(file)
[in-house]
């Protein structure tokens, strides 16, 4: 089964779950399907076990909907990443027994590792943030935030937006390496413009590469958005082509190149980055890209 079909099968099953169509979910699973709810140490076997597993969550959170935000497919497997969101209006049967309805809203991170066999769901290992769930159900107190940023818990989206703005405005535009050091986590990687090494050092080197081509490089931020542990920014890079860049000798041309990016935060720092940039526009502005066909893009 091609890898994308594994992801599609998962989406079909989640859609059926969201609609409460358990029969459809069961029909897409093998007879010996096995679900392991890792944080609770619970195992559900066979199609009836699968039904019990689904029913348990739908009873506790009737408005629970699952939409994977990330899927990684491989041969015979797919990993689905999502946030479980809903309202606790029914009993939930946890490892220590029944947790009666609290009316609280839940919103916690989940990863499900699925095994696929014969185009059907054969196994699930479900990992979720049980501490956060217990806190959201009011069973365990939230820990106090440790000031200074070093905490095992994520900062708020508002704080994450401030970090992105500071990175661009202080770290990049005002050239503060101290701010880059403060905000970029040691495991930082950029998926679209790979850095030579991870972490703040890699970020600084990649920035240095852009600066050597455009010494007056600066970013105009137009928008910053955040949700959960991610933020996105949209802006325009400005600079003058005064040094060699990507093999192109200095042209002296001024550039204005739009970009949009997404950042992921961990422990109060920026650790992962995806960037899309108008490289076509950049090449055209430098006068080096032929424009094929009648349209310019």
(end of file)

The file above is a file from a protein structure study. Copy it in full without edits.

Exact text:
[in-house]
């Protein structure tokens, strides 16, 4: 089964779950399907076990909907990443027994590792943030935030937006390496413009590469958005082509190149980055890209 079909099968099953169509979910699973709810140490076997597993969550959170935000497919497997969101209006049967309805809203991170066999769901290992769930159900107190940023818990989206703005405005535009050091986590990687090494050092080197081509490089931020542990920014890079860049000798041309990016935060720092940039526009502005066909893009 091609890898994308594994992801599609998962989406079909989640859609059926969201609609409460358990029969459809069961029909897409093998007879010996096995679900392991890792944080609770619970195992559900066979199609009836699968039904019990689904029913348990739908009873506790009737408005629970699952939409994977990330899927990684491989041969015979797919990993689905999502946030479980809903309202606790029914009993939930946890490892220590029944947790009666609290009316609280839940919103916690989940990863499900699925095994696929014969185009059907054969196994699930479900990992979720049980501490956060217990806190959201009011069973365990939230820990106090440790000031200074070093905490095992994520900062708020508002704080994450401030970090992105500071990175661009202080770290990049005002050239503060101290701010880059403060905000970029040691495991930082950029998926679209790979850095030579991870972490703040890699970020600084990649920035240095852009600066050597455009010494007056600066970013105009137009928008910053955040949700959960991610933020996105949209802006325009400005600079003058005064040094060699990507093999192109200095042209002296001024550039204005739009970009949009997404950042992921961990422990109060920026650790992962995806960037899309108008490289076509950049090449055209430098006068080096032929424009094929009648349209310019």